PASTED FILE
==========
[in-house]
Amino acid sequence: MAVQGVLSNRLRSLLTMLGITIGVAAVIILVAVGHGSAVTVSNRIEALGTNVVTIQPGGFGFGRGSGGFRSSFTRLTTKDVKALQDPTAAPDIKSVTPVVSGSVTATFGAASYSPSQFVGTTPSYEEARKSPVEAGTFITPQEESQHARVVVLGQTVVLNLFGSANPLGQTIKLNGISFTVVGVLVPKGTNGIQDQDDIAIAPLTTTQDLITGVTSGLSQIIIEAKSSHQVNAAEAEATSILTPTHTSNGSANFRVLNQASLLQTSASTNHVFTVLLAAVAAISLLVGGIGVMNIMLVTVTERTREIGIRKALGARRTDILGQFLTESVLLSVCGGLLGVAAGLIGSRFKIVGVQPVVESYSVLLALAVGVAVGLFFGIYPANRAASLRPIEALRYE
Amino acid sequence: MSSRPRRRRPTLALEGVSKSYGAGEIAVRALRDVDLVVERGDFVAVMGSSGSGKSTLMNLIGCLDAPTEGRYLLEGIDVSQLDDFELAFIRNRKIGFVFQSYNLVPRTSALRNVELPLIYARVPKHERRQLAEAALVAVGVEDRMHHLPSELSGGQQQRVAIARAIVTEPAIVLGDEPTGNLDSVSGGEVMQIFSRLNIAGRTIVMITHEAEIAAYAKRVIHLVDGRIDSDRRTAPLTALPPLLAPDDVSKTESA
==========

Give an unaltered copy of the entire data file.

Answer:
[in-house]
Amino acid sequence: MAVQGVLSNRLRSLLTMLGITIGVAAVIILVAVGHGSAVTVSNRIEALGTNVVTIQPGGFGFGRGSGGFRSSFTRLTTKDVKALQDPTAAPDIKSVTPVVSGSVTATFGAASYSPSQFVGTTPSYEEARKSPVEAGTFITPQEESQHARVVVLGQTVVLNLFGSANPLGQTIKLNGISFTVVGVLVPKGTNGIQDQDDIAIAPLTTTQDLITGVTSGLSQIIIEAKSSHQVNAAEAEATSILTPTHTSNGSANFRVLNQASLLQTSASTNHVFTVLLAAVAAISLLVGGIGVMNIMLVTVTERTREIGIRKALGARRTDILGQFLTESVLLSVCGGLLGVAAGLIGSRFKIVGVQPVVESYSVLLALAVGVAVGLFFGIYPANRAASLRPIEALRYE
Amino acid sequence: MSSRPRRRRPTLALEGVSKSYGAGEIAVRALRDVDLVVERGDFVAVMGSSGSGKSTLMNLIGCLDAPTEGRYLLEGIDVSQLDDFELAFIRNRKIGFVFQSYNLVPRTSALRNVELPLIYARVPKHERRQLAEAALVAVGVEDRMHHLPSELSGGQQQRVAIARAIVTEPAIVLGDEPTGNLDSVSGGEVMQIFSRLNIAGRTIVMITHEAEIAAYAKRVIHLVDGRIDSDRRTAPLTALPPLLAPDDVSKTESA